Mr. Pacquiao Goes To Washington

Photo by The Hill's Greg Nash
WASHINGTON, D.C.–The phenomenon that is Manny Pacquiao arrived on the Hill Tuesday morning, offering fight fans here hope our sport won’t linger on the fringes of the mainstream sports scene much longer. Even the security guards at the Capitol, by now used to witnessing all manners of celebs and foreign dignitaries traipsing through their halls, were a bit star-struck at the possibility of seeing Pacquiao

Arrived late to find the usual business entrance for the U.S. Capitol plugged with an army of traveling press and photogs that would make any lawmaker jealous. Luckily flashing my Capitol press badge allowed me to slide right through; for once, tailing politicos for a living actually proved useful in covering the fight game.

Made my way upstairs and joined the other reporters milling around in the bullpen waiting for the press conference to start. Along the way I was privileged to meet the excellent Don Steinberg on assignment for the Wall Street Journal and Greg Bishop of the New York Times, whose coverage of Pacquiao I have always admired. We exchanged pleasantries and debated whether the two would actually say anything noteworthy (consensus: no).

A few minutes after the scheduled start Top Rank CEO Bob Arum, Pacquiao advisor Michael Konz and about a dozen other members of Pacquiao’s personal entourage arrived. Arum informed us that Senate Majority Leader Harry Reid (D-Nev.) was taking Pacquiao on a walk across the Senate floor, which he called “a great honor.”

Finally they emerged to continuous clicks and flashes: the diminutive Filipino champ that conquered the world and the amateur boxer who slugged his way to the top seat in the Senate. Reid predictably took to the podium first and wasted no time in proclaiming Pacman one of the greatest fighters of all time.

“Everyone knows how much I admire people who enter the ring, whether boxing or political,” Reid said, adding that despite his amateur boxing pedigree he wouldn’t be able to last more than five seconds against Pacquiao in the ring.

“He has shown you can be a great athlete and still be a great person.” Reid also declined to give Pacquiao any political advice. “He’s done pretty well on his own.”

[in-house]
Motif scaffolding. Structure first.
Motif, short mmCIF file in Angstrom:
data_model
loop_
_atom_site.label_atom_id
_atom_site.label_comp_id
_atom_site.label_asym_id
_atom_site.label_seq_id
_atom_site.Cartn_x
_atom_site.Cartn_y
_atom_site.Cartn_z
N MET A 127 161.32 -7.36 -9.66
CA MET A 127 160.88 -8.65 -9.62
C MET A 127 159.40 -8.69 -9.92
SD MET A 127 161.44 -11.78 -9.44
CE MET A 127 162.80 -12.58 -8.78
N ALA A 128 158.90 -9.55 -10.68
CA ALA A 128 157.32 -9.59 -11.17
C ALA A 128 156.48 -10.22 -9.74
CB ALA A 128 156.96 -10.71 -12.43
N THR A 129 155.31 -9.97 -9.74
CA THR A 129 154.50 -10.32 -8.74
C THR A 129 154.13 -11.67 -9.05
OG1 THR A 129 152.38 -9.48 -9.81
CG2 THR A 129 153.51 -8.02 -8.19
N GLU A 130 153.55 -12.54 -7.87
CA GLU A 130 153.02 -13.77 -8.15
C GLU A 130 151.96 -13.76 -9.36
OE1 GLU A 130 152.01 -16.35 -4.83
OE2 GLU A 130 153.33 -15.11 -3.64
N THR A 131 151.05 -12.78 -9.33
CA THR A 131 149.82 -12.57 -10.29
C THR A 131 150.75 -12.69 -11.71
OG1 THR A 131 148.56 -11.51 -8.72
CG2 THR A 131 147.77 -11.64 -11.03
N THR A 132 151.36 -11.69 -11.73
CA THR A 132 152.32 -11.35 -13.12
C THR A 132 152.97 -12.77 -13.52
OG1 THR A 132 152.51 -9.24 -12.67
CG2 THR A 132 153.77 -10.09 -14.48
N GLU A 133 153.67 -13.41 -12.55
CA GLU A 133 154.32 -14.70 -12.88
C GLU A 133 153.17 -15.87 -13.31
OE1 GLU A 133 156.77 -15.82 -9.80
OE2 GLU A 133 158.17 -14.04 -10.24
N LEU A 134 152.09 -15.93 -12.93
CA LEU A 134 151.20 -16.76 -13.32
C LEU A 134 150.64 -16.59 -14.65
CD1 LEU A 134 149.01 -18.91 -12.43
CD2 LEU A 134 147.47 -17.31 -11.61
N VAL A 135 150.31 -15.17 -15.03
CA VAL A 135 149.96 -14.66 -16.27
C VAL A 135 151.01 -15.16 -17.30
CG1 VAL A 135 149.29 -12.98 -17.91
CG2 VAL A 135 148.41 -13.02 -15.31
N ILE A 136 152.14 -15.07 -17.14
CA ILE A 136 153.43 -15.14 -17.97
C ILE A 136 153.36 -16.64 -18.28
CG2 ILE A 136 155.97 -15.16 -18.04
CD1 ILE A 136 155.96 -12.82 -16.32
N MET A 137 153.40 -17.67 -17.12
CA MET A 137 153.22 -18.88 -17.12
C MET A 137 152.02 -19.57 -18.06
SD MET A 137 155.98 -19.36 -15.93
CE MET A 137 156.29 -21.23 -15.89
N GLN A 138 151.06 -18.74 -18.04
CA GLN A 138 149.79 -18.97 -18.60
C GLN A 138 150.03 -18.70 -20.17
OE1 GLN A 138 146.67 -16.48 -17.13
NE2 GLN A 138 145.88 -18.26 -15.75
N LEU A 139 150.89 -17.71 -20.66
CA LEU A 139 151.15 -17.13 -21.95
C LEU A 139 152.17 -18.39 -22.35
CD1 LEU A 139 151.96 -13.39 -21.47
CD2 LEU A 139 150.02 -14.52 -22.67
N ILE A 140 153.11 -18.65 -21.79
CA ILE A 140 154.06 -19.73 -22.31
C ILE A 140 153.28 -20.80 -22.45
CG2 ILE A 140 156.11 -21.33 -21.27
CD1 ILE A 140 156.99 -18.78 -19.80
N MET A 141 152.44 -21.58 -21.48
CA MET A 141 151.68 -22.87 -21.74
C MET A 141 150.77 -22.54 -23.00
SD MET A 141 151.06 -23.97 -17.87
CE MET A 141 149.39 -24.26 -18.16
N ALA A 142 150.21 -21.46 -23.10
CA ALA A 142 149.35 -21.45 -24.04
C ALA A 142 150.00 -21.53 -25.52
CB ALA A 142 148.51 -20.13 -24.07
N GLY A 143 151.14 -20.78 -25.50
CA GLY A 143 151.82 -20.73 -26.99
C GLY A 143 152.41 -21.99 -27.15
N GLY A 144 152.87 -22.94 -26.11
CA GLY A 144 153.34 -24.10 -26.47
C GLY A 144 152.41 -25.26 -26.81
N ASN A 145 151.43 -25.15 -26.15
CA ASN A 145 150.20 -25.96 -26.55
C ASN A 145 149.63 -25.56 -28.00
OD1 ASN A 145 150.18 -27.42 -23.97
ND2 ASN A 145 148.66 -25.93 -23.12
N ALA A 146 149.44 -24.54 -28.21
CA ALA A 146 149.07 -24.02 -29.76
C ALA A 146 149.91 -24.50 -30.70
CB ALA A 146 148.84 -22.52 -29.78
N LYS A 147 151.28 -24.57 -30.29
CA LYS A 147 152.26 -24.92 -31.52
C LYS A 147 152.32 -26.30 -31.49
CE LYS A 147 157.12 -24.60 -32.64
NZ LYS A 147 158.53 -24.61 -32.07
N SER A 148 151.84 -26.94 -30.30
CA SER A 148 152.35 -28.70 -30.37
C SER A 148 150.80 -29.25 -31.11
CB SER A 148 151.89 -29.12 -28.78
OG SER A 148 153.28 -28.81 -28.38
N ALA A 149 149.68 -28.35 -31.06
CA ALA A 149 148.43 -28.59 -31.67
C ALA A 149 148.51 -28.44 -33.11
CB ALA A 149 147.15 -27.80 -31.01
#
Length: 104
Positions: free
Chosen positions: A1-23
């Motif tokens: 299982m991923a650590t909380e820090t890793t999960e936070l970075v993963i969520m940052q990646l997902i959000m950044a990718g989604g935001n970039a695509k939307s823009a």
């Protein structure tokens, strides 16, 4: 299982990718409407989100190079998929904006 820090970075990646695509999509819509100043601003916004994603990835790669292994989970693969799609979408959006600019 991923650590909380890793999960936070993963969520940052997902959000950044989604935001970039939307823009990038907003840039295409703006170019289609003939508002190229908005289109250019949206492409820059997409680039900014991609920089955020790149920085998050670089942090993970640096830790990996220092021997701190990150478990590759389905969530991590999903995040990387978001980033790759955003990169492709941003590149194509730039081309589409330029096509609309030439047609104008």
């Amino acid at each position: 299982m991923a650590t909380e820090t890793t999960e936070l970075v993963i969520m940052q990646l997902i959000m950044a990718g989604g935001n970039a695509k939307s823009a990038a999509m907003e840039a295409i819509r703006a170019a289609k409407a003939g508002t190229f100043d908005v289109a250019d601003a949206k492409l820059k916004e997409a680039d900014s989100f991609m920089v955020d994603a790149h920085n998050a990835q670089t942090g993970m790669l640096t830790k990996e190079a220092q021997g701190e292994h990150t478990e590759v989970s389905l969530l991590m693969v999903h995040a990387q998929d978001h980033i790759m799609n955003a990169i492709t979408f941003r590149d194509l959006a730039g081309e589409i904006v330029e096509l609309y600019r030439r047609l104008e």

Currently on a nationwide press tour to promote his May 7 welterweight title bout against “Sugar” Shane Mosely in Las Vegas, Pacquiao was his usual humble self, calling his first trip to Washington “an unforgettable moment in my life.” He thanked the press for attending and said he’s focused on spurring development in his home nation of Philippines.

After the two lawmakers exchanged flags from their home countries and posed for the obligatory photos, Reid opened it up briefly to questions. Unsurprisingly, one of the first dealt with Pacquiao’s appearance at a Reid rally just days before the November mid-term election. Asked if Pacquiao had been the key to putting him over the top against his Tea Party-backed opponent Sharon Angle, Reid paused for a moment before delivering his deadpan answer: “Sure.”

Top Rank CEO and promoter Bob Arum was more direct about Pacquiao’s impact on Nevada voters, pointing out that before the Friday rally Reid was down by four points in the polls and ended up winning the election by five percent. He also noted Angle had invited Sen. John McCain (R-Ariz.) to her final rally.

“I don’t know what you think about McCain, but he’s no contest for Manny Pacquiao,” Arum said.

Reid closed by announcing Pacquiao would be headed to the White House Tuesday afternoon for a meeting with President Obama. Reid said he usually doesn’t bother the president, but he did on this occasion because he felt the importance of acknowledging the enthusiasm and support Pacquiao has garnered in the U.S., particularly among Nevada’s 80,000 Filipino Americans.

Arum said Pacquiao has transcended national boundaries to become a symbol of hope for impoverished peoples worldwide.

“He symbolizes the third world,” Arum said. “For people who can rise up and establish a decent life. He’s a symbol for poor people across the globe.”

How true that statement is debatable; Pacquiao is undoubtedly an icon in Southeast Asia but has not yet reached the heights that seem possible, given his magnetic combination of skill, tenacity and personal charisma. Whether he can uplift the third world remains in doubt, but his ability to elevate the sport of boxing cannot be denied.

“He’s become the face of the sport of boxing and it comes at a fortuitous time,” Arum said, referencing CBS’ agreement to televise an upcoming reality series on the build-up to the Mosely-Pacquiao fight. “If anyone can bring boxing mainstream again, Manny Pacquiao can.”

Gautham Nagesh is the editor of Stiff Jab. Follow him on Twitter

About Tim Starks

Tim is the founder of The Queensberry Rules and co-founder of The Transnational Boxing Rankings Board ( He lives in Washington, D.C. He has written for the Guardian, Economist, New Republic, Chicago Tribune and more.